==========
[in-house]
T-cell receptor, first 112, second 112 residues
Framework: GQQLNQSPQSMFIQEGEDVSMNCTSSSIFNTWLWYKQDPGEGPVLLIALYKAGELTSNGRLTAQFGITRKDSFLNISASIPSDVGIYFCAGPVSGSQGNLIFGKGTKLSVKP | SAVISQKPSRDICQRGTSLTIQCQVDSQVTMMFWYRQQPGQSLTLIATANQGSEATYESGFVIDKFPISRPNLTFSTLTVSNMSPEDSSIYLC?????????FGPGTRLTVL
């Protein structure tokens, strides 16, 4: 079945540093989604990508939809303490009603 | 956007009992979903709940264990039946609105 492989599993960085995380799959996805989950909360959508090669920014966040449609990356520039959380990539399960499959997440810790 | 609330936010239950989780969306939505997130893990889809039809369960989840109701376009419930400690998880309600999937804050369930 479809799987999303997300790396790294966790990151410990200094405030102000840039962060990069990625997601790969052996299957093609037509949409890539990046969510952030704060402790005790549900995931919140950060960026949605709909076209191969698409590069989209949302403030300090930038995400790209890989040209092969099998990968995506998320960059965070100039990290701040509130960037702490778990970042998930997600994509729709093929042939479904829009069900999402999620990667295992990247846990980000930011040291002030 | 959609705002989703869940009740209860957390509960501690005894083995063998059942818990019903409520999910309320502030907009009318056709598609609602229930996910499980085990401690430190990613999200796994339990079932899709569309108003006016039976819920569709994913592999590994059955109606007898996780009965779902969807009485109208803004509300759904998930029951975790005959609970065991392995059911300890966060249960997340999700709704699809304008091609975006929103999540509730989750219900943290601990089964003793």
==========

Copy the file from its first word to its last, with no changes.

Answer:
[in-house]
T-cell receptor, first 112, second 112 residues
Framework: GQQLNQSPQSMFIQEGEDVSMNCTSSSIFNTWLWYKQDPGEGPVLLIALYKAGELTSNGRLTAQFGITRKDSFLNISASIPSDVGIYFCAGPVSGSQGNLIFGKGTKLSVKP | SAVISQKPSRDICQRGTSLTIQCQVDSQVTMMFWYRQQPGQSLTLIATANQGSEATYESGFVIDKFPISRPNLTFSTLTVSNMSPEDSSIYLC?????????FGPGTRLTVL
């Protein structure tokens, strides 16, 4: 079945540093989604990508939809303490009603 | 956007009992979903709940264990039946609105 492989599993960085995380799959996805989950909360959508090669920014966040449609990356520039959380990539399960499959997440810790 | 609330936010239950989780969306939505997130893990889809039809369960989840109701376009419930400690998880309600999937804050369930 479809799987999303997300790396790294966790990151410990200094405030102000840039962060990069990625997601790969052996299957093609037509949409890539990046969510952030704060402790005790549900995931919140950060960026949605709909076209191969698409590069989209949302403030300090930038995400790209890989040209092969099998990968995506998320960059965070100039990290701040509130960037702490778990970042998930997600994509729709093929042939479904829009069900999402999620990667295992990247846990980000930011040291002030 | 959609705002989703869940009740209860957390509960501690005894083995063998059942818990019903409520999910309320502030907009009318056709598609609602229930996910499980085990401690430190990613999200796994339990079932899709569309108003006016039976819920569709994913592999590994059955109606007898996780009965779902969807009485109208803004509300759904998930029951975790005959609970065991392995059911300890966060249960997340999700709704699809304008091609975006929103999540509730989750219900943290601990089964003793």